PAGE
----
Only a few years ago you would rarely come across zucchini blossoms outside of a restaurant (all types of squash have edible blossoms, but the most common are zucchinis’). These days you can find them at many farmers’ markets. Bright yellow to almost orange, zucchini flowers are nearly irresistible to farmers’ market shoppers. Yet it seems many people don't know what to do with them once they've bought them. Luckily all you have to do is to realize that those beautiful flowers are versatile and easy. You don’t even have to cook them! For your convenience, here is a crash course in Zucchini Blossoms 101:
Choose flowers that look fresh and dewy, preferably still closed. Keep refrigerated, tightly sealed, and try to use the same day. They will, however, keep for several days.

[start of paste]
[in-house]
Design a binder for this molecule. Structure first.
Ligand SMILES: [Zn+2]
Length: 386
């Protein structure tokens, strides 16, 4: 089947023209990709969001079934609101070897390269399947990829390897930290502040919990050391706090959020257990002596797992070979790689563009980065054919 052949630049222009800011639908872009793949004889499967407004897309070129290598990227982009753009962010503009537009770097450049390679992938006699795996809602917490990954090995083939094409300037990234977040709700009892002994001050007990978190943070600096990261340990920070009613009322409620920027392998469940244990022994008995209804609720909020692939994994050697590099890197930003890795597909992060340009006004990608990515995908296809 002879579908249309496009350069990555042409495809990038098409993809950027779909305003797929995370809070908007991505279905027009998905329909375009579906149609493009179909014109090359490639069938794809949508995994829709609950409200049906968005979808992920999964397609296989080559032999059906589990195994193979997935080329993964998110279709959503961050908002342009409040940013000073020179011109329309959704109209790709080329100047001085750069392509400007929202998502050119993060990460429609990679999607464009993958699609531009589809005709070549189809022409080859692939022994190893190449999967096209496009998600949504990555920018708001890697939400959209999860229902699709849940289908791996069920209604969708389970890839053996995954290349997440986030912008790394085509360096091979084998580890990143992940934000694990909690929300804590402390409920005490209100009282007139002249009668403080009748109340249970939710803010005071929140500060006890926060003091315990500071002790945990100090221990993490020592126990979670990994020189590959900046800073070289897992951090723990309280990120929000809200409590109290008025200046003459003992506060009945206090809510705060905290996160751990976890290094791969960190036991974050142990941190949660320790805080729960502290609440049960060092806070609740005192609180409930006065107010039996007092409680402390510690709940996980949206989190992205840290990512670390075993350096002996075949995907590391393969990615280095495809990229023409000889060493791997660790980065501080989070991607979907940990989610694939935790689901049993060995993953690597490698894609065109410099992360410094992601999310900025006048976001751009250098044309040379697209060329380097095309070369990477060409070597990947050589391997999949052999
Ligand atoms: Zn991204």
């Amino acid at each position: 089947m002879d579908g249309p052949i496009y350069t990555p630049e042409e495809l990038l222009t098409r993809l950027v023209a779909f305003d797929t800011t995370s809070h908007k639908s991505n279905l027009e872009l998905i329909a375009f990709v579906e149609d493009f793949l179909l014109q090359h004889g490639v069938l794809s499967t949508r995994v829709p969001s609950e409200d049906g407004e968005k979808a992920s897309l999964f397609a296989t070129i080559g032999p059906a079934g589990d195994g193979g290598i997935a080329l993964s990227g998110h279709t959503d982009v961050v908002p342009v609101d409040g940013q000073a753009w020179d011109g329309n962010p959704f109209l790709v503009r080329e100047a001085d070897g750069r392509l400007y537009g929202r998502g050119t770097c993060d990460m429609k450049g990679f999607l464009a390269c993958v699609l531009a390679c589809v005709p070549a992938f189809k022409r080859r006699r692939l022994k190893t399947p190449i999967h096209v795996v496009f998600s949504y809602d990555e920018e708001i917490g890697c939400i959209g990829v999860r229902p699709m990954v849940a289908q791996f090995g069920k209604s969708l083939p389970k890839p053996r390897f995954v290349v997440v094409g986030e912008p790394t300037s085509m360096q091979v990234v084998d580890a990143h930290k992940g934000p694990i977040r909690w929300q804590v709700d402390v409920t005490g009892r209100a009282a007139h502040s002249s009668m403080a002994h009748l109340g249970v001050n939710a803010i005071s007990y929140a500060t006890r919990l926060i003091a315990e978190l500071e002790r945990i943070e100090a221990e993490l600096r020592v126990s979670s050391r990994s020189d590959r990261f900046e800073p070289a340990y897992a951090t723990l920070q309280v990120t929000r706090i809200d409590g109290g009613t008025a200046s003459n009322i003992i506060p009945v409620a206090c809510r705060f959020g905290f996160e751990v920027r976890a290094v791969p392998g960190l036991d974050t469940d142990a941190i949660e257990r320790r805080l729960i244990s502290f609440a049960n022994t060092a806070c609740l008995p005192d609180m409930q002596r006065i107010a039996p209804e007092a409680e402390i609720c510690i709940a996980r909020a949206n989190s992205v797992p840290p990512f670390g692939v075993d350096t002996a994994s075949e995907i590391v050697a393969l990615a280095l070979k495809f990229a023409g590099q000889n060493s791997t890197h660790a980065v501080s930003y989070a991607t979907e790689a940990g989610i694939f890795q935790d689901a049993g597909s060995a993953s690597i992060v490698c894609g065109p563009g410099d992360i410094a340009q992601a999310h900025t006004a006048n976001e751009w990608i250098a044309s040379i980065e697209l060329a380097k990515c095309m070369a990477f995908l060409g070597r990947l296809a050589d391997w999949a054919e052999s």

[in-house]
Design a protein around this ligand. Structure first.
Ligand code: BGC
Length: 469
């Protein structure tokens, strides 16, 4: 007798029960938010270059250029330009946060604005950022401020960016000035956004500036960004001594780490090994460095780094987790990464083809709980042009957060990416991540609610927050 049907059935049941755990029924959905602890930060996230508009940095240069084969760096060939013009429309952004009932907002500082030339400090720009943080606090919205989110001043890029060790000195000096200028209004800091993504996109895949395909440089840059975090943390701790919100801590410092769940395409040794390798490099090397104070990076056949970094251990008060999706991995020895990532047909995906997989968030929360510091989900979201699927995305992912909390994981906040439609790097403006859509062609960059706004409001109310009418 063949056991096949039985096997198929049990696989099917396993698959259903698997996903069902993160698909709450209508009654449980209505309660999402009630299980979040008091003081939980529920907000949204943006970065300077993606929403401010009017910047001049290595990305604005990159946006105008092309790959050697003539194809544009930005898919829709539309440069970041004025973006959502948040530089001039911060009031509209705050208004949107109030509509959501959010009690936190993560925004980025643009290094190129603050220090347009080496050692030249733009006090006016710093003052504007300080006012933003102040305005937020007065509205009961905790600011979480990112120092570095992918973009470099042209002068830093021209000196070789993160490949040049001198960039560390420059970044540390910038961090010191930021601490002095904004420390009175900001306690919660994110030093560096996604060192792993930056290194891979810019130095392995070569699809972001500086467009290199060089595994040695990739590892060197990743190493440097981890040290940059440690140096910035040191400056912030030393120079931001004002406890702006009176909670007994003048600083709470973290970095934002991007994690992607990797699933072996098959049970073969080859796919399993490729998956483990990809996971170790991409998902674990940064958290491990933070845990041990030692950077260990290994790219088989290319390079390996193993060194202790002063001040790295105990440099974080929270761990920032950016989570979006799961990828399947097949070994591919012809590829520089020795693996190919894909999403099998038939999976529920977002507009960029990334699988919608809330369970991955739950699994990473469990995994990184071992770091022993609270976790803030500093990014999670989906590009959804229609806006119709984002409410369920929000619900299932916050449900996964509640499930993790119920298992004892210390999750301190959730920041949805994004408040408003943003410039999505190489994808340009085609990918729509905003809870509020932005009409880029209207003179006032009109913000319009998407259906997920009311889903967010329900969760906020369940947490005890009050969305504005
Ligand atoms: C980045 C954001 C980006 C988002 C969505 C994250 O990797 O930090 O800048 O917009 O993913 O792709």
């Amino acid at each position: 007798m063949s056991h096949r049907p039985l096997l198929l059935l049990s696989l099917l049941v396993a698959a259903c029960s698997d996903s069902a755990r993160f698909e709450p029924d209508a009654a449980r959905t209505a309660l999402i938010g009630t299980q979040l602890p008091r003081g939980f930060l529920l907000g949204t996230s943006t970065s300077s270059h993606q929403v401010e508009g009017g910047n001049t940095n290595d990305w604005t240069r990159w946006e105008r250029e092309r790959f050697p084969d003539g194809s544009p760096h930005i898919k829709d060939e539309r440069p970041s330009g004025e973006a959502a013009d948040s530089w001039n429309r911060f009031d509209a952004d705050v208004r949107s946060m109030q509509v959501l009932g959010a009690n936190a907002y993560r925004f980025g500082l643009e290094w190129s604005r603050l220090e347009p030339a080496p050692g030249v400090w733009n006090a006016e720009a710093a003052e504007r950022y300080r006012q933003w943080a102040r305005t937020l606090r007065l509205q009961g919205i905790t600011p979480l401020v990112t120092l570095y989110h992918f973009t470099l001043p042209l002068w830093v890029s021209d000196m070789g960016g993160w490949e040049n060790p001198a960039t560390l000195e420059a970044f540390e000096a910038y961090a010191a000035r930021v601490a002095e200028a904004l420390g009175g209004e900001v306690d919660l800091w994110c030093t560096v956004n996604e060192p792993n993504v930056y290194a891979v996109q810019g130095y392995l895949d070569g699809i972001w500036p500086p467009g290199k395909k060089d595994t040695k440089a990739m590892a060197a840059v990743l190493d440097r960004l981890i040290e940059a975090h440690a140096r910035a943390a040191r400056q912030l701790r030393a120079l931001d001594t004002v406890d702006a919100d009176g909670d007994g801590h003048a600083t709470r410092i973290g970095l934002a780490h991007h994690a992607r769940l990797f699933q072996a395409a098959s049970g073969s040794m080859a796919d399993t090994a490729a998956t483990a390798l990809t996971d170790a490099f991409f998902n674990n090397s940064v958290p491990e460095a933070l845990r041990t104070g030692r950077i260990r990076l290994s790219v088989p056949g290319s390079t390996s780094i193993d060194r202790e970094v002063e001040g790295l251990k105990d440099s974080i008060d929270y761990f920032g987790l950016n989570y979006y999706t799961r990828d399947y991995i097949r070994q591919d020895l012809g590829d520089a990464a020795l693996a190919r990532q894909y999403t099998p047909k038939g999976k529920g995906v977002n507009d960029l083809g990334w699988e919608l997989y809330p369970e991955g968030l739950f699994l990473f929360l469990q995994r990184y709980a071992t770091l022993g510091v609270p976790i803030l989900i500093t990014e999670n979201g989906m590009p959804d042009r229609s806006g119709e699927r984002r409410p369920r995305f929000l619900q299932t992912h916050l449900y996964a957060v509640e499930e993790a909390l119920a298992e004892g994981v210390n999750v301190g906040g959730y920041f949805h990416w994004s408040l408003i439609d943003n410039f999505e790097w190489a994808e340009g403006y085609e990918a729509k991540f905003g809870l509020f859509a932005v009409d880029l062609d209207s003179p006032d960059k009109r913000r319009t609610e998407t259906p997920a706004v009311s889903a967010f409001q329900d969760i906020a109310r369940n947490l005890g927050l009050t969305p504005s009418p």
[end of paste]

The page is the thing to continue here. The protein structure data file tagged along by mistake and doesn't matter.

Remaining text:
The most common way to cook them is to fry, stuffed or not, in a very light, almost tempura-like batter. But if you are not into frying they are delicious eaten raw and a welcome addition to salads, pilafs, soups and even to garnish desserts. They add a subtle sweetness and a slightly herbal flavor. Don’t trim their slim stem, because it adds a nice crunch. They match particularly well with the season’s leafy greens, such as baby kale and arugula.
This is how you fry them: whisk enough ice water into flour that it thickens to the consistency of heavy cream. Dip the flowers in the batter, shake gently to get rid of any excess batter, and fry them in hot oil until they're crunchy--just two or three minutes. Drain on paper towel and serve immediately with drink or on the aforementioned greens.